A collar is a complex option strategy with three parts: Ownership of 100 shares of the underlying stock, a long put, and a covered call. The combination of the two options creates a low-cost or cost-free position, because the short call premium pays for all or most of the put. Both options are out of the money, meaning the call strike is higher than current value of the stock, and the put strike is lower. The options also expire in the same month.
What does this position achieve? It is a defensive position, intended to protect profits if the stock price declines. However, if the stock price rises, the stock may be called away, thus doing away with potential for greater profits. So a collar is best opened when the stock has appreciated and the strike on the call will create a capital gain in the stock. Traders who employ collars expect the stock value to decline. However, they do not want to sell for several reasons. First, it will create a tax liability this year. Second, the no-cost or low-cost collar protects profits if the stock's price does fall. Third, even if the stock price rises, the short call can be rolled forward or closed to avoid exercise.
So the collar provides cost-free downside protection in exchange for possibly limiting upside profits. However, since stock has appreciated by the time the collar is opened, exercise would still create profits from the stock capital gain as well as any net option premium (if the collar creates a net credit between short call and long put).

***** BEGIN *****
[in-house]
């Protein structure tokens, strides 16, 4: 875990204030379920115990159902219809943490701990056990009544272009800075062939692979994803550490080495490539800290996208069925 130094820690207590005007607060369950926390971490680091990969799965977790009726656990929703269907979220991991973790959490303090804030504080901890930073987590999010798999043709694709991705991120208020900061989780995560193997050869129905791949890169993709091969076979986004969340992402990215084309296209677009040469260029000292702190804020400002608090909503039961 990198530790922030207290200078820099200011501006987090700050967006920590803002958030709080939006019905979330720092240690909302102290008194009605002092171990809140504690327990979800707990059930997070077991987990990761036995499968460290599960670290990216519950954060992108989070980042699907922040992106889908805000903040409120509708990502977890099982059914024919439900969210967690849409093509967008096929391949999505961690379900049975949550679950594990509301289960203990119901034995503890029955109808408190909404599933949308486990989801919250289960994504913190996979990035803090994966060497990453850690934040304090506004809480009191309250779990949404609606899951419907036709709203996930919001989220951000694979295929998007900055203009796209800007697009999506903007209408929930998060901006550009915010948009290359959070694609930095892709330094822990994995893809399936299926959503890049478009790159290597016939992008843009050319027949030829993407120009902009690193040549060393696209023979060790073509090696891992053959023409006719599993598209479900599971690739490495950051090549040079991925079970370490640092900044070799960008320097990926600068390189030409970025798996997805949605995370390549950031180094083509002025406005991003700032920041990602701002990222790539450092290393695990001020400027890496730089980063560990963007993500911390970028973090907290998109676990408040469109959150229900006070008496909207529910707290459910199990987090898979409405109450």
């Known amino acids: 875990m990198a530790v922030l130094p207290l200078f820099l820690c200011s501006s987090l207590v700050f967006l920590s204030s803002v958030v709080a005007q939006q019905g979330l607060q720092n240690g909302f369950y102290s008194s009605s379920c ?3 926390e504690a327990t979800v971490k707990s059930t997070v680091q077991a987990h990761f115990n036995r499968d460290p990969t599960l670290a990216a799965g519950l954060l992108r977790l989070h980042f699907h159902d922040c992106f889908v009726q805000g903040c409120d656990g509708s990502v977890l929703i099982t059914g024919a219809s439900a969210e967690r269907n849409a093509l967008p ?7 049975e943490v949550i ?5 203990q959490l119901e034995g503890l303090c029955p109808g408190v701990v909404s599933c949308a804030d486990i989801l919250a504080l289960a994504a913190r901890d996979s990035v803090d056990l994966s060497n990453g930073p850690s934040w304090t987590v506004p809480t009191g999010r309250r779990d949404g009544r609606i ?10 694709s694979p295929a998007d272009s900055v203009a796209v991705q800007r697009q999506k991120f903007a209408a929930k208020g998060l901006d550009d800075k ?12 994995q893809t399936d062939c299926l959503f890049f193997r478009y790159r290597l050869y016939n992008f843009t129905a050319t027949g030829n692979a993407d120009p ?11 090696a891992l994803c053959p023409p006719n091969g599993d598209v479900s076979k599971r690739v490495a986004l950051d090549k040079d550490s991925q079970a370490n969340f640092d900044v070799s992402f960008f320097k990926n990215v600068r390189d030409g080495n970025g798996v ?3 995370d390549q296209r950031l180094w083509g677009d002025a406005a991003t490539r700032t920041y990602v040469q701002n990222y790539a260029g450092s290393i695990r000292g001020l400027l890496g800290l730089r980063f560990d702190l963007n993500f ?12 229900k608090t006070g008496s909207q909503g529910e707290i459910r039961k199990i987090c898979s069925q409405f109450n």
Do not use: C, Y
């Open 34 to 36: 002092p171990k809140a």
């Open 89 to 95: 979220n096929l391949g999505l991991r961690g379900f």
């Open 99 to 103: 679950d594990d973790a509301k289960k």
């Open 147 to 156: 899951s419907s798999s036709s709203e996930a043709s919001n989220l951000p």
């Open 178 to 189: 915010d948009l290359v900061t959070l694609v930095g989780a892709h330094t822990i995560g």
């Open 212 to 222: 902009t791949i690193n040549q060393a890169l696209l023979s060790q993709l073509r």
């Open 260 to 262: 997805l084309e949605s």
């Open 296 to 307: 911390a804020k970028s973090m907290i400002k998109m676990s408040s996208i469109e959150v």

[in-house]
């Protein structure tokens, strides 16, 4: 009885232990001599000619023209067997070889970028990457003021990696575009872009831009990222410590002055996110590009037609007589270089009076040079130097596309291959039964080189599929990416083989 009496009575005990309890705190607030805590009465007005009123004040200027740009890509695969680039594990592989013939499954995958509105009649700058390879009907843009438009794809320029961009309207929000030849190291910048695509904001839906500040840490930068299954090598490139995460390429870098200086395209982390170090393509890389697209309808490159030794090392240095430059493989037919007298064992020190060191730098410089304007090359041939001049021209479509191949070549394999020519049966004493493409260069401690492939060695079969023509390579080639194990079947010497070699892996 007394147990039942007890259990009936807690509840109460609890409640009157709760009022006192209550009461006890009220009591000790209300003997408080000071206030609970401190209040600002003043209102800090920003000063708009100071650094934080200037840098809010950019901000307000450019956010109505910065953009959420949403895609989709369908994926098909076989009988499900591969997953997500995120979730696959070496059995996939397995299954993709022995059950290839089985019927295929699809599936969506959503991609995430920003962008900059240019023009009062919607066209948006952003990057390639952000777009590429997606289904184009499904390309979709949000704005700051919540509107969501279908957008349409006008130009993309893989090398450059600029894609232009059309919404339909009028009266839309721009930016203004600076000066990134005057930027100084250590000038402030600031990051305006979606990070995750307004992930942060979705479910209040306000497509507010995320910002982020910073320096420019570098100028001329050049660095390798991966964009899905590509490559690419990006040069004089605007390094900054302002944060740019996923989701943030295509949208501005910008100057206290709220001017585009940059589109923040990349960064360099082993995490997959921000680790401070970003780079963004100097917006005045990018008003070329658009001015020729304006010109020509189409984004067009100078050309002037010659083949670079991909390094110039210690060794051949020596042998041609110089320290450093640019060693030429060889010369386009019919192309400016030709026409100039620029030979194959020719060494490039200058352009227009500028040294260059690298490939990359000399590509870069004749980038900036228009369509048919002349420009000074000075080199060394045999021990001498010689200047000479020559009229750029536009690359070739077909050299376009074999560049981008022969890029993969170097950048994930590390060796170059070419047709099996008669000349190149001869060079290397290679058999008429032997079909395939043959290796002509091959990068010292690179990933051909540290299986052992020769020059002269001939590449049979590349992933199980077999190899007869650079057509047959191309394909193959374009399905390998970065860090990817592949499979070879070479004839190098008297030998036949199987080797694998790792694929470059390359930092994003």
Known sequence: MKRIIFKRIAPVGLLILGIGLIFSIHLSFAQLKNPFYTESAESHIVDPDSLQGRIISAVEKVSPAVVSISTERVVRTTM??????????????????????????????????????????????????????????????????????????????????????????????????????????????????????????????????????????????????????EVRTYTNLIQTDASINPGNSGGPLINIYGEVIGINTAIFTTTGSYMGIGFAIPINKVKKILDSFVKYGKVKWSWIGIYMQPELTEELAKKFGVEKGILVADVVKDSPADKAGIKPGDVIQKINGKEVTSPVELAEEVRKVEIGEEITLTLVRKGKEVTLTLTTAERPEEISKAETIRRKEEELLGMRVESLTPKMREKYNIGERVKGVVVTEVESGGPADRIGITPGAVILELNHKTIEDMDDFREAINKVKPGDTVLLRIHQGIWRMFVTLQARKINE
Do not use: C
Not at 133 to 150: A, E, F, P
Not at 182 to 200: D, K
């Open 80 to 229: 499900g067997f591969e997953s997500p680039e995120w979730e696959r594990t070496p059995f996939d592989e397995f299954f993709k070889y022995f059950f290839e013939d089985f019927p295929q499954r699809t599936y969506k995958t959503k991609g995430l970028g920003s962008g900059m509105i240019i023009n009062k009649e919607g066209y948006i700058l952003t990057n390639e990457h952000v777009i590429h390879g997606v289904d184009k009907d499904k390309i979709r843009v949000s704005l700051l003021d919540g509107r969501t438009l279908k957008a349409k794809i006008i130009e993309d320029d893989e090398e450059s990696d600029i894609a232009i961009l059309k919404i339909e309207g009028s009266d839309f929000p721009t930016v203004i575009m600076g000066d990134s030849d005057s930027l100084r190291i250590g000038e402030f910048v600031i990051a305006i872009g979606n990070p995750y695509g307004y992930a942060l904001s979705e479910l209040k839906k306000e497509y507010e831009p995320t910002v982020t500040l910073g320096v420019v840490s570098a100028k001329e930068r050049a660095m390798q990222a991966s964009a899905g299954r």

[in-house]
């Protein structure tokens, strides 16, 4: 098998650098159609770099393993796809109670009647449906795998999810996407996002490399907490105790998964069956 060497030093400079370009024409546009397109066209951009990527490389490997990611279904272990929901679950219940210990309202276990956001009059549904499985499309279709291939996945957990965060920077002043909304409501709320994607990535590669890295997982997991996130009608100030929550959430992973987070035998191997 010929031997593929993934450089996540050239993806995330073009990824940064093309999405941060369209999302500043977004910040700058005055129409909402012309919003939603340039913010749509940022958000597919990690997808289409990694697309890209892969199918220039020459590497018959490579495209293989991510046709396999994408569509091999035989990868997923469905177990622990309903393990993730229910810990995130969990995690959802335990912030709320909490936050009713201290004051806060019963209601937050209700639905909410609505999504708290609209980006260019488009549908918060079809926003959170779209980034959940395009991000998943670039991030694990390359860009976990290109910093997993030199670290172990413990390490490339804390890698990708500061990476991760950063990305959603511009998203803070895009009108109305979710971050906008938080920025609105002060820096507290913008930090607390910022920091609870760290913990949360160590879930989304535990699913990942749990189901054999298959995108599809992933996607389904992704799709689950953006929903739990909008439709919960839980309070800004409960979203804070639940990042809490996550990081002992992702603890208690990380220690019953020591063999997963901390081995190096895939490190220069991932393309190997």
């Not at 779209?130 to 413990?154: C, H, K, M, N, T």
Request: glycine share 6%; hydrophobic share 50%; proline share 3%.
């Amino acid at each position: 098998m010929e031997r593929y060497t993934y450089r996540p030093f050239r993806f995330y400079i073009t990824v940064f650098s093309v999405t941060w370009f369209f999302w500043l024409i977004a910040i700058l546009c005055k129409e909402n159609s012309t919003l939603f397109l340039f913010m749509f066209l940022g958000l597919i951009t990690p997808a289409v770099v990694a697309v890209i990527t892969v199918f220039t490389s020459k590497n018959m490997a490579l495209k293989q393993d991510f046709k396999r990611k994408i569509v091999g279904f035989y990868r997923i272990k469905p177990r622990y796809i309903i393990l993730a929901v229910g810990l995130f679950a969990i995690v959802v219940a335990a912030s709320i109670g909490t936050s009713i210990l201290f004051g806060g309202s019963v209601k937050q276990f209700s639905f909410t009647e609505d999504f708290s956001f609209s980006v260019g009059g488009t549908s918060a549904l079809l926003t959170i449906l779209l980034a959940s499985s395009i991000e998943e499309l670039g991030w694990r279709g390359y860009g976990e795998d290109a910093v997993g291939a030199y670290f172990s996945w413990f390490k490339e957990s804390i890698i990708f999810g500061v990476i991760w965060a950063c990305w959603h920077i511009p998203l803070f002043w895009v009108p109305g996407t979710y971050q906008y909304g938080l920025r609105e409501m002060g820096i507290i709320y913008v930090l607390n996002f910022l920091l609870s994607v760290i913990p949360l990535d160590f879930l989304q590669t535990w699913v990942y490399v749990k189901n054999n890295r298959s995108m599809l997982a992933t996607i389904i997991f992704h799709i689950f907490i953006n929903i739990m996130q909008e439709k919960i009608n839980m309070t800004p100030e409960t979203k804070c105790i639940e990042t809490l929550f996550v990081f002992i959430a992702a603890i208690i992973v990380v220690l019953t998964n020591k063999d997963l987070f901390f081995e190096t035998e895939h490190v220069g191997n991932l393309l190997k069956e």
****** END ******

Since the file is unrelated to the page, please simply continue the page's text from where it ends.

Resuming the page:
A collar will not make sense if the stock value has declined since purchase. If exercise of the short put would create a net capital loss, it makes no sense to set up a losing position. The shortfall may be recovered with a well-selected covered call, but if not it is best to either wait for the stock price to rise, or simply sell shares and take the loss in the current tax year.
It makes sense before opening the collar to calculate a breakeven point from the position. The short call's strike must be greater than the net basis in stock. On the downside, the protection is equal to the strike of the put, plus or minus the net cost/receipt of the two options. In cases where a long put is used by itself, the downside protection is equal to the strike of the put minus the cost of the put. However, that put cost has to be reduced by the short call premium received.
The position can be converted to an insurance put if and when the time decay of the call makes it worthwhile to close the short position. In this case, the net cost (original cost of both options plus cost to close the call) creates the adjusted downside breakeven point.
In other words, before entering into any multi-option strategy, evaluate not only the best-case outcome, but the potential worst-case as well.
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